By Staff Reporter
A devastating crop failure in the Midlands has left some 50 000 villagers in need of food aid, it has emerged.
According to the United Nations at least half of Zimbabwe’s 15 million population will need food assistance, until the next harvest after dry spell put paid to prospects of any grain this year.
Gokwe North district administrator Isaac Mutambara in an interview with New Zimbabwe.com said some parts of Gokwe only received rains twice during the 2018/2019 cropping season.
He has called for an immediate government intervention to save the dire situation.
“Most of the crops are a complete right off. What could have been saved of the crops from the scorching heat is now being destroyed by pests,” Mutambara said.
He described the situation as a case of shattered hopes.
“No me meaningful harvest is to be expected which is a very unfortunate situation as this was the farmers’ only hope.
“As of yesterday (Thursday) 48 000 are vulnerable and are in urgent need of food aid,” he said.
“The Simchembo area that borders Gokwe North and Binga received rainfall only twice this season and is the most affected.”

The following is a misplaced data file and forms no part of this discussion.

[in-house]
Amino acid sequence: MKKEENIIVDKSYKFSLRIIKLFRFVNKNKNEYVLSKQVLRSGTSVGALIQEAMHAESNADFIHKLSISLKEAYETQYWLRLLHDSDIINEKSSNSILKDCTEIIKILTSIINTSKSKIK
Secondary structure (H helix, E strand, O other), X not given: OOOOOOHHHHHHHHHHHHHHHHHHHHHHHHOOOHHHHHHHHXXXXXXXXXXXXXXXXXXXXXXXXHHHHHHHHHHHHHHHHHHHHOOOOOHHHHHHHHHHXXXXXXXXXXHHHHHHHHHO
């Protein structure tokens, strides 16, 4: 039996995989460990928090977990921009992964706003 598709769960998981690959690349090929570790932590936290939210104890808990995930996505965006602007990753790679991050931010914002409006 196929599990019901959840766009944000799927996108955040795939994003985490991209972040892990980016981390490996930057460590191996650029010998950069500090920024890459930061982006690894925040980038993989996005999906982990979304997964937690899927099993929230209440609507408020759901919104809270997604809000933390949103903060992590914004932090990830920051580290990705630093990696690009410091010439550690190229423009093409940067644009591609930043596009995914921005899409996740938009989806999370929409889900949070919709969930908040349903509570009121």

Mutambara indicated that though there is an ongoing school feeding programme for children, the grain being received from government is inadequate.
“Villagers are sharing the little grain from social services. The situation is very bad. We however, have to thank God as there is a school feeding programme in schools.
“On average two villagers per every 35 households are recipients of grain and then they would share the 50kg of grain with the rest of the villagers,” he said.
The district administrator indicated that currently no non-governmental organisations is operating in the area.
“Currently there are no NGOs operating in the area. World Vision is promising to come on board. We used to get assistance from Caritas and World Vision,” he said.
Most of the villagers are now struggling to find water for domestic use and provide for their domestic animals after most of the rivers and boreholes dried up.
Villagers are now forced to walk an average 10 km to find water for domestic use.
In the past farming season Gokwe recorded a staggering amount of 31 million kilograms of cotton and the anticipation was the white gold producing region was on the rebound.